when doing physical tasks. You will have a better mechanical advantage and reduce strain on your body. With good posture you are less likely to fatigue as your body will be working optimally. At another level, others perception of you is affected by your posture. Someone with upright, open posture is often seen as more attractive, more employable and more agreeable than someone who is stooped and closed. Whether we like it or not, we tend to make snap judgements on people and posture comes into that.

Poor posture is associated with a whole host of conditions from depression, to poor heart health and decreased longevity. The state of our posture does affect our qualtity of life.

We tend to accept that as we age our posture will get worse. What’s frightening is we are seeing more and more really poor posture in people as young as 10 or 11. So what’s happening?

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Causes of Poor Posture

The majority of postural problems are related to lifestyle and to life events. There are a few people with spinal deformities, often present from birth, that cannot be reversed but for the majority of us our posture is within our control.

So what causes are posture to collapse?

  • Habits – we may be constantly bent over because of work. We may sit for hours at a computer or use our smart-phone excessively. Whichever one it is, it can create lasting problems which need to be rectified before they become irreversible

  • Psychological factors – our self-esteem can have a big impact on how we posture and present ourselves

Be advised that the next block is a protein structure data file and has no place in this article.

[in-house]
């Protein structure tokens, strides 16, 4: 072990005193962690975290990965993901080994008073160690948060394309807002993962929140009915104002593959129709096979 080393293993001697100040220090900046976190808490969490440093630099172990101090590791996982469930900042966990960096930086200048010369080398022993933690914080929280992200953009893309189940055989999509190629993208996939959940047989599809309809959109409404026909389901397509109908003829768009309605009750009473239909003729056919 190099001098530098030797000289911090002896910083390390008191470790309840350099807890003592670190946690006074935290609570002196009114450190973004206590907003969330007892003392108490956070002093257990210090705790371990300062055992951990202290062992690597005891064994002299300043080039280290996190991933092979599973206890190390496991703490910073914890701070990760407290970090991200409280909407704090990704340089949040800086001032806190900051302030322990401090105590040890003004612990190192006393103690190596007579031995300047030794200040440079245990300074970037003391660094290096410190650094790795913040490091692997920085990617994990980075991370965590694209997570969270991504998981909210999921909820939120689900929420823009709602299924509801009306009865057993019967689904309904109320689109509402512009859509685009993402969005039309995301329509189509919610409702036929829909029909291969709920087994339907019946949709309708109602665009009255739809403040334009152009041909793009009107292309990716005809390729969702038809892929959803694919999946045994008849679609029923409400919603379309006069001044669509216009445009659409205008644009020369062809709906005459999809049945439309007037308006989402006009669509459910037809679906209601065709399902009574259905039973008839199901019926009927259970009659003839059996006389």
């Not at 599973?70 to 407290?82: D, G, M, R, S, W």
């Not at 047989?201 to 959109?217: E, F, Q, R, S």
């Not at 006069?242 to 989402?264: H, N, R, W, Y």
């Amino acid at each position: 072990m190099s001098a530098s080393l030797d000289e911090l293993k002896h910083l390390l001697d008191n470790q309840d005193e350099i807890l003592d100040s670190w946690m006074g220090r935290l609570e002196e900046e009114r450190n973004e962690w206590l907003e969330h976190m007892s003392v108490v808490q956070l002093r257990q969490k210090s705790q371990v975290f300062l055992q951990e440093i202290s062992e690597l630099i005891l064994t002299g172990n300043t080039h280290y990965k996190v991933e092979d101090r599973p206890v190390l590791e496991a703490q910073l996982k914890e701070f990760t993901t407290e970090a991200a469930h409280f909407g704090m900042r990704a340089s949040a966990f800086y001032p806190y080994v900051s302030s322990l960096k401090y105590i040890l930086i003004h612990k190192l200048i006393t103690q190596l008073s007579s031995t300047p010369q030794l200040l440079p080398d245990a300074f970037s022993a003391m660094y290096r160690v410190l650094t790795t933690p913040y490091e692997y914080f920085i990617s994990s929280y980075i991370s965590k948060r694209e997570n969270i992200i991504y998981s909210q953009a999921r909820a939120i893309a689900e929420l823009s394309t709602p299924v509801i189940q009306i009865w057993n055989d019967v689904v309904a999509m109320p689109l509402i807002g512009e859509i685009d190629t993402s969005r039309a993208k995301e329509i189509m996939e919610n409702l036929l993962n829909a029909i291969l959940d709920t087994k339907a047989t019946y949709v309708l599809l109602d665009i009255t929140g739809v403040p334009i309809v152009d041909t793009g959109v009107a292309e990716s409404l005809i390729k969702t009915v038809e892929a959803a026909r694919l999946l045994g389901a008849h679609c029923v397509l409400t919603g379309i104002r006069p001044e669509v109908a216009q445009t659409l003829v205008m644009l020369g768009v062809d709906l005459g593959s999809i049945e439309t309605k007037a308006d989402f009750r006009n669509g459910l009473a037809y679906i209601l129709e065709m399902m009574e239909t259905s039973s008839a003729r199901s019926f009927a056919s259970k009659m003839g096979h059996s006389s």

• Degeneration of the spine – we see this more in the elderly, particularly women

  • Spinal pain – leading to muscle guarding and protection, basically a way of avoiding feeling pain and doing further damage

  • Muscle spasm

  • Joint hyper or hypermobility

  • Excess weight – this can put significant pressure on the spine changing the spinal curves and often creating painful areas

  • Poor body awareness or loss of proprioception – the inability to perceive the position of your body

  • Over reliance on a passive support such as a back brace or supportive chair

 

Physiology of Posture

Posture is affected by the following:

  • Vision – because you will constantly adapt to your surroundings to ensure your eyes are aligned to the horizon

  • Proprioception (joint position senses) – which tells you where your body is in space and relative to the environment

  • Vestibular apparatus (in the brain/inner ear) – coordinates balance

  • How you have experienced the world and how your body remembers it – take the bullied child, she/he will have very different posture to the child who has been loved and praised.